"When I was little, he’d always let me stand on his feet when we walked in the ocean, because I was so afraid of jellyfish.
Wendell is hands down the greatest homeless fashion designer who ever lived. He makes almost all his clothes from things he finds. I hadn’t seen him in awhile, so I was quite thrilled to walk up on him Tuesday, doing this to a Gandhi statue.
"I just got married and have three new stepchildren."
"So what’s been your greatest accomplishment as a stepmother so far?"
"They don’t hate me."
"I’m glad I had a daughter. Ever since my grandmother died, I’ve needed the female energy in my life. It’s good energy. I mean, when things go wrong, another man can tell you that everything is going to be OK. But not like a woman can.
"All I want is a girlfriend, a place to work, and a glass of wine at night."
"I can beat him up."
"My swim coach outed me to my entire team in college."
“It was freshman year. I hadn’t come out to my dad yet. I’d come out to my mom, but it didn’t go well. Then one day my swim coach came up to me at a meet, and said: ‘There’s something I want you to tell me before the meet is over. And I think you know what it is.’ So I told him. And he said: ‘I don’t want things to get weird in the locker room, so let’s keep this between us.’ Then I went home, took a nap, and when I woke up, I had an email from another person on the team. He told me the coach had called a team meeting and told everyone.”
“I called the coach, and he immediately started yelling at me. He was saying things, like ‘It’s my team. Don’t tell me how to run my team.’ He was really intense. He was like The Coach in New England swimming at the time. I kept trying to get off the phone, but he kept screaming at me. Then when I finally got off the phone, he showed up on my doorstep. He made me tell him who told me about the meeting. Then he made me get in the car with him, drove me to my teammate’s house, and started yelling at both of us. He started accusing us of being lovers.”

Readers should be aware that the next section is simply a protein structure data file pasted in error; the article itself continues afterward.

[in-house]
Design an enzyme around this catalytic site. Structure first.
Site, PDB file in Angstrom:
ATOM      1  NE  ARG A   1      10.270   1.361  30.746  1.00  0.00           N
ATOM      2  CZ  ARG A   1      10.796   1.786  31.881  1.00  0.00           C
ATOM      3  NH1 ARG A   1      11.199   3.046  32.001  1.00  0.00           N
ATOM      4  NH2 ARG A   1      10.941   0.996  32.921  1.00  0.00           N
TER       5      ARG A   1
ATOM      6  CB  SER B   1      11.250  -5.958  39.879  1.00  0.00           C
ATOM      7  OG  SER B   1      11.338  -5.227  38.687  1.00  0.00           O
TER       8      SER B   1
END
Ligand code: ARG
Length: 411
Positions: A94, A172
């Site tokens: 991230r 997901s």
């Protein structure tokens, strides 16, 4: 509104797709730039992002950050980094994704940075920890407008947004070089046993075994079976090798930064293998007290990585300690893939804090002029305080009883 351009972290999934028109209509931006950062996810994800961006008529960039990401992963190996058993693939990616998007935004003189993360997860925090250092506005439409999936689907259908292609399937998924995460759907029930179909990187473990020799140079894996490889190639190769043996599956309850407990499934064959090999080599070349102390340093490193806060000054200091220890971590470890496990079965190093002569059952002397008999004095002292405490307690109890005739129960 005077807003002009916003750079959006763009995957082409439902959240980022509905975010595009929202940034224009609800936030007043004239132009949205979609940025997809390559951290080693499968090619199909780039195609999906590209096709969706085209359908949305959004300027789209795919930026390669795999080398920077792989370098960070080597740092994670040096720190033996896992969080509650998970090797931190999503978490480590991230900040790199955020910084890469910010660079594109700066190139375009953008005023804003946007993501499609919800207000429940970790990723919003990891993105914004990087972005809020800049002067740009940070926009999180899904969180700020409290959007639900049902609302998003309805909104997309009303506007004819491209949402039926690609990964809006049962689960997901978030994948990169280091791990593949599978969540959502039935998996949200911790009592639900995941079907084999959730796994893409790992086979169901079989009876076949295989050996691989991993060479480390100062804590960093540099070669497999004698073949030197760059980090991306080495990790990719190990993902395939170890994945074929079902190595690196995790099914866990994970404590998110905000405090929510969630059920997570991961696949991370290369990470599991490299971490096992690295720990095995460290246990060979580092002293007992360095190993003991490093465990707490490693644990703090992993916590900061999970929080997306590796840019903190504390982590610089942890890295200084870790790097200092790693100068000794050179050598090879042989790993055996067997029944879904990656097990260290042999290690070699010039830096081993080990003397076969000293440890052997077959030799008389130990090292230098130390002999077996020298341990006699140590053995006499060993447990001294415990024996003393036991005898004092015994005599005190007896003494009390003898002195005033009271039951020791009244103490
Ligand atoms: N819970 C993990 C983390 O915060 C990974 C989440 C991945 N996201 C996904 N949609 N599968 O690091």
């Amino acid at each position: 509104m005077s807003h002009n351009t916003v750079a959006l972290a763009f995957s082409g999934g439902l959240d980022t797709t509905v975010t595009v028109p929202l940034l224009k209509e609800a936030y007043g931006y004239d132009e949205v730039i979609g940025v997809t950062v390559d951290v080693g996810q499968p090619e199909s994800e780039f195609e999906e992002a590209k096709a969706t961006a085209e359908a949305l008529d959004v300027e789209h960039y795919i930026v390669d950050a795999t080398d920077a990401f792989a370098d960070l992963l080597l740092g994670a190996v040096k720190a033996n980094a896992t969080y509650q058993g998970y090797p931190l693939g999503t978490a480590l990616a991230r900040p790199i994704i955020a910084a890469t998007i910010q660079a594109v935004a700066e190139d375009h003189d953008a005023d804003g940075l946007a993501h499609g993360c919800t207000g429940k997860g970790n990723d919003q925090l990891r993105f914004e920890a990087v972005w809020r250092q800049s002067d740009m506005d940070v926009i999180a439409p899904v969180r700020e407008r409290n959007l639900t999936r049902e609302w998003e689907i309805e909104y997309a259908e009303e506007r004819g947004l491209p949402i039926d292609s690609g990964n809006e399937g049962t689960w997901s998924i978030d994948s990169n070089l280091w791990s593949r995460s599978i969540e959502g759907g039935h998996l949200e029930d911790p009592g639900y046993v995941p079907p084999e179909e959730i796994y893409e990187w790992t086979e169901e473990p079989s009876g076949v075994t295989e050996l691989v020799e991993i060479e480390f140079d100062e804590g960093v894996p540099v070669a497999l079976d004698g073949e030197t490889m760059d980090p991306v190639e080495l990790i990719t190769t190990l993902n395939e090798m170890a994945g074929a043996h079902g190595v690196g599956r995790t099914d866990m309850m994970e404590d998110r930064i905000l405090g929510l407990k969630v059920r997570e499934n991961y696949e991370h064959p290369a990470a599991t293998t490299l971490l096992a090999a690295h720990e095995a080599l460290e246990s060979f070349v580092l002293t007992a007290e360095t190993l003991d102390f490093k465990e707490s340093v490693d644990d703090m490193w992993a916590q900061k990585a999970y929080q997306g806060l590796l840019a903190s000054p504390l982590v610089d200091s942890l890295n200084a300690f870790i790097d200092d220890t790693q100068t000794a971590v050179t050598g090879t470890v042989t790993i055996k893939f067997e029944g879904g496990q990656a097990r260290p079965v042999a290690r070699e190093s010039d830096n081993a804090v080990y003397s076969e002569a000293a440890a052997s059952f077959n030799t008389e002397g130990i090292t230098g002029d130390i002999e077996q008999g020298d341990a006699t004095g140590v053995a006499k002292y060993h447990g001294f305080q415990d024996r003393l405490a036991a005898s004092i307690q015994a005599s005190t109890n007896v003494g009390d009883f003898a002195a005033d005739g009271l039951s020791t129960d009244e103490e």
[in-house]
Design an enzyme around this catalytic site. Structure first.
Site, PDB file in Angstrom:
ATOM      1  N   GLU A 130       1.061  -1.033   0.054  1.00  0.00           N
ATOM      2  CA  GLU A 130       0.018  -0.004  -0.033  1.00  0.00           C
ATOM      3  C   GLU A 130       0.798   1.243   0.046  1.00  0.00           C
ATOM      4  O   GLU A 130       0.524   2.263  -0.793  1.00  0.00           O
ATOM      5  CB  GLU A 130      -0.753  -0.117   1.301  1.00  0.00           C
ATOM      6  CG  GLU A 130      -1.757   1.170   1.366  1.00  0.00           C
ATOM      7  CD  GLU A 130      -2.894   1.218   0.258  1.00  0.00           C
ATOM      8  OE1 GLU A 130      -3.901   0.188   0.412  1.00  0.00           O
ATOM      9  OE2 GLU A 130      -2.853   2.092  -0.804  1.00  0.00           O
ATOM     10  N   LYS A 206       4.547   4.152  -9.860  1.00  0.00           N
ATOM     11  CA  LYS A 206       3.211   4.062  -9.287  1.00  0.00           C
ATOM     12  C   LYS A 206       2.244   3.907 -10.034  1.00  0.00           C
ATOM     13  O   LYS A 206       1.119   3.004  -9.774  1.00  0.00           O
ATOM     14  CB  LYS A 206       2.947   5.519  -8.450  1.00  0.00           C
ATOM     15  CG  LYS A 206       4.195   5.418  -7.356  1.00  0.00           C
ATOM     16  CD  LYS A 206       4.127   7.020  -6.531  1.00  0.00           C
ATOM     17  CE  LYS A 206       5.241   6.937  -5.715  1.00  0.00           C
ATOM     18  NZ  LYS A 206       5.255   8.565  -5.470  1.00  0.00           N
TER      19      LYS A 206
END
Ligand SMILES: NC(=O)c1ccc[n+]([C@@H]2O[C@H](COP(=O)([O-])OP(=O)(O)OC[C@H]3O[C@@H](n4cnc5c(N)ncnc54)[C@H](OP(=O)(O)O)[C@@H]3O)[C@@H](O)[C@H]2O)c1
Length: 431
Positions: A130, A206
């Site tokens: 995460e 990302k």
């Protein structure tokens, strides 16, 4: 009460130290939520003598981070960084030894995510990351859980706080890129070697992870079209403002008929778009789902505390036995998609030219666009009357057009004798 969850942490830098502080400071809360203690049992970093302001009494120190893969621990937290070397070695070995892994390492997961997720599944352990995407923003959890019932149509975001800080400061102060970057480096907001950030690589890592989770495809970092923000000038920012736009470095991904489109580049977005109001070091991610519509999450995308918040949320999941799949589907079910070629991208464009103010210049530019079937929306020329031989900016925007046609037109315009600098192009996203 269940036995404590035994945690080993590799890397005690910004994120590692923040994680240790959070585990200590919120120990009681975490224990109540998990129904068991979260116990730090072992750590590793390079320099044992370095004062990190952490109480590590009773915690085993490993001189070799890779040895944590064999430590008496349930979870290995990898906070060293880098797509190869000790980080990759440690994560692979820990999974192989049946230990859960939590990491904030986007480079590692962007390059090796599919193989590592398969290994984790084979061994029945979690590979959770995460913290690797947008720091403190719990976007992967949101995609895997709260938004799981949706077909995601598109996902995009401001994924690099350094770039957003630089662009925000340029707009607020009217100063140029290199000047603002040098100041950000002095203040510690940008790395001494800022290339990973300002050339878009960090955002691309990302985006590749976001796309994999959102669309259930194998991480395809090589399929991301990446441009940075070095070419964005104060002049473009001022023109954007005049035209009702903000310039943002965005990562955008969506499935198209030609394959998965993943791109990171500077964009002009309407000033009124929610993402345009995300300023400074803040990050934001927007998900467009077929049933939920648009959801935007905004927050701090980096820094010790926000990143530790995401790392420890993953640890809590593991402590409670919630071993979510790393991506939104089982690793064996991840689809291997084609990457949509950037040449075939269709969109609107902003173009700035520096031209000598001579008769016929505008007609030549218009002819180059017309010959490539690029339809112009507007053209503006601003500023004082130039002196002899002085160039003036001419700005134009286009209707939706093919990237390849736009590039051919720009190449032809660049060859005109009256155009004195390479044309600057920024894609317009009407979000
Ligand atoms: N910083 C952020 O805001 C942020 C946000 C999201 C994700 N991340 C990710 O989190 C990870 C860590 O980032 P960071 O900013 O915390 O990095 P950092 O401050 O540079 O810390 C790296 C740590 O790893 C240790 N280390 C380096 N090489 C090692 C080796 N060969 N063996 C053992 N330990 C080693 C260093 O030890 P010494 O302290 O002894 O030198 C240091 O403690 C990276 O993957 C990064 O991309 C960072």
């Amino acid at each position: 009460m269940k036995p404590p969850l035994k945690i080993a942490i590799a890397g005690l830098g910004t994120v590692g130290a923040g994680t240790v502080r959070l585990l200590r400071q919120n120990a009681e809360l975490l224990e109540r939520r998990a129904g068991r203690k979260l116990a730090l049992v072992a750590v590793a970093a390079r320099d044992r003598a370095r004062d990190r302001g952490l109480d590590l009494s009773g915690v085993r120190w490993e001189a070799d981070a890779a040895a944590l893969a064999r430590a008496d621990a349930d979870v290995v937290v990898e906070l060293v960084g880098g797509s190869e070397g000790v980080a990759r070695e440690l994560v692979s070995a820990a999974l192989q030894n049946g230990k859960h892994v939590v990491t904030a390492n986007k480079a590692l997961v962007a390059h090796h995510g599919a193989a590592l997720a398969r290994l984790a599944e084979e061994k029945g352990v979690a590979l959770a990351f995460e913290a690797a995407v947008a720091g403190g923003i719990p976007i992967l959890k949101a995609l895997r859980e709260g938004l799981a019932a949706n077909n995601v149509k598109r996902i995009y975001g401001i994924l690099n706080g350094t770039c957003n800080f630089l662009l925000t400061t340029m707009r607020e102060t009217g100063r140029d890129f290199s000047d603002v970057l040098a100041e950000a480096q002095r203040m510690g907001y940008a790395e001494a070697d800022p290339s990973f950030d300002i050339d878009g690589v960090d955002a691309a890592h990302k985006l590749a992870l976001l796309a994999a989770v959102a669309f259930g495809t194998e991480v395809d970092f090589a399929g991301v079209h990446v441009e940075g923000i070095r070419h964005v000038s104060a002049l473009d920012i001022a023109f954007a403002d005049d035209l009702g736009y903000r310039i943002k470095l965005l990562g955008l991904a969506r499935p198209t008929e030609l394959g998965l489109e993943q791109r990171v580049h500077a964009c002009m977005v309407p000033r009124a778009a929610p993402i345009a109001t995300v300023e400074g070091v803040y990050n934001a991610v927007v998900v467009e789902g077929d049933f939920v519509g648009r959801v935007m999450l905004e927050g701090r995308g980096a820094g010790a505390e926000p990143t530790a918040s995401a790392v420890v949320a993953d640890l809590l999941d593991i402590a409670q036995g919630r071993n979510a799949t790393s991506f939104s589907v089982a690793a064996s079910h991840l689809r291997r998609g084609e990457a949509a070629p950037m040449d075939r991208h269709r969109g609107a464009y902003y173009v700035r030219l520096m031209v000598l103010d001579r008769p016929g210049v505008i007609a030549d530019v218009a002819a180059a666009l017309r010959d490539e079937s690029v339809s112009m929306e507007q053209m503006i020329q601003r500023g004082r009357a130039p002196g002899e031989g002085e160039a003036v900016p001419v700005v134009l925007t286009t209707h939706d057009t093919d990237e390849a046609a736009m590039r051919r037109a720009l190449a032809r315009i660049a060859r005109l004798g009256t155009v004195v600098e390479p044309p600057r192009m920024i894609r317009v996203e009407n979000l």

“I know. I quit swimming after that year, and never swam again.”
"I’m having some trouble with my friends."
“I think we’re just reaching the age when everyone realizes that everyone talks behind each other’s backs.”
Normally I have to approach people for quotes. But this kid walked right up to me, held his certificate in the air, and screamed: “I played at Carnegie Hall!”
"He sings to each of his kids individually when it’s time for them to go to bed."
I asked her for a piece of advice, and she reached into her mom’s purse and pulled out a whiteboard. “She has laryngitis,” her mom explained. “No talking for a week.”
I am one of the officers in this picture. My friend found it in your book and pointed it out to me. The victim under the sheet was a woman in her late fifties. She was Miss Austria in her early 20’s and a contestant in the Miss World pageant. At the time of her death she was destitute and alone, but still carried her passport with a photo of her at the peak of her beauty. She was stunning. On October 22nd of last year, wandering the halls of the building she had chosen for her last act, she had looked for an open window at the record company that produces Maroon Five. Asked to leave, she found one a floor above in a hallway, took sleeping pills, sat on the ledge in the sunlight for about ten minutes, then leaned forward. Anyway, thanks for the photo. It is one of those souvenirs of one’s life that come to be valuable because it has unexpectedly captured a moment of you doing your life’s work, genuine and unrehearsed.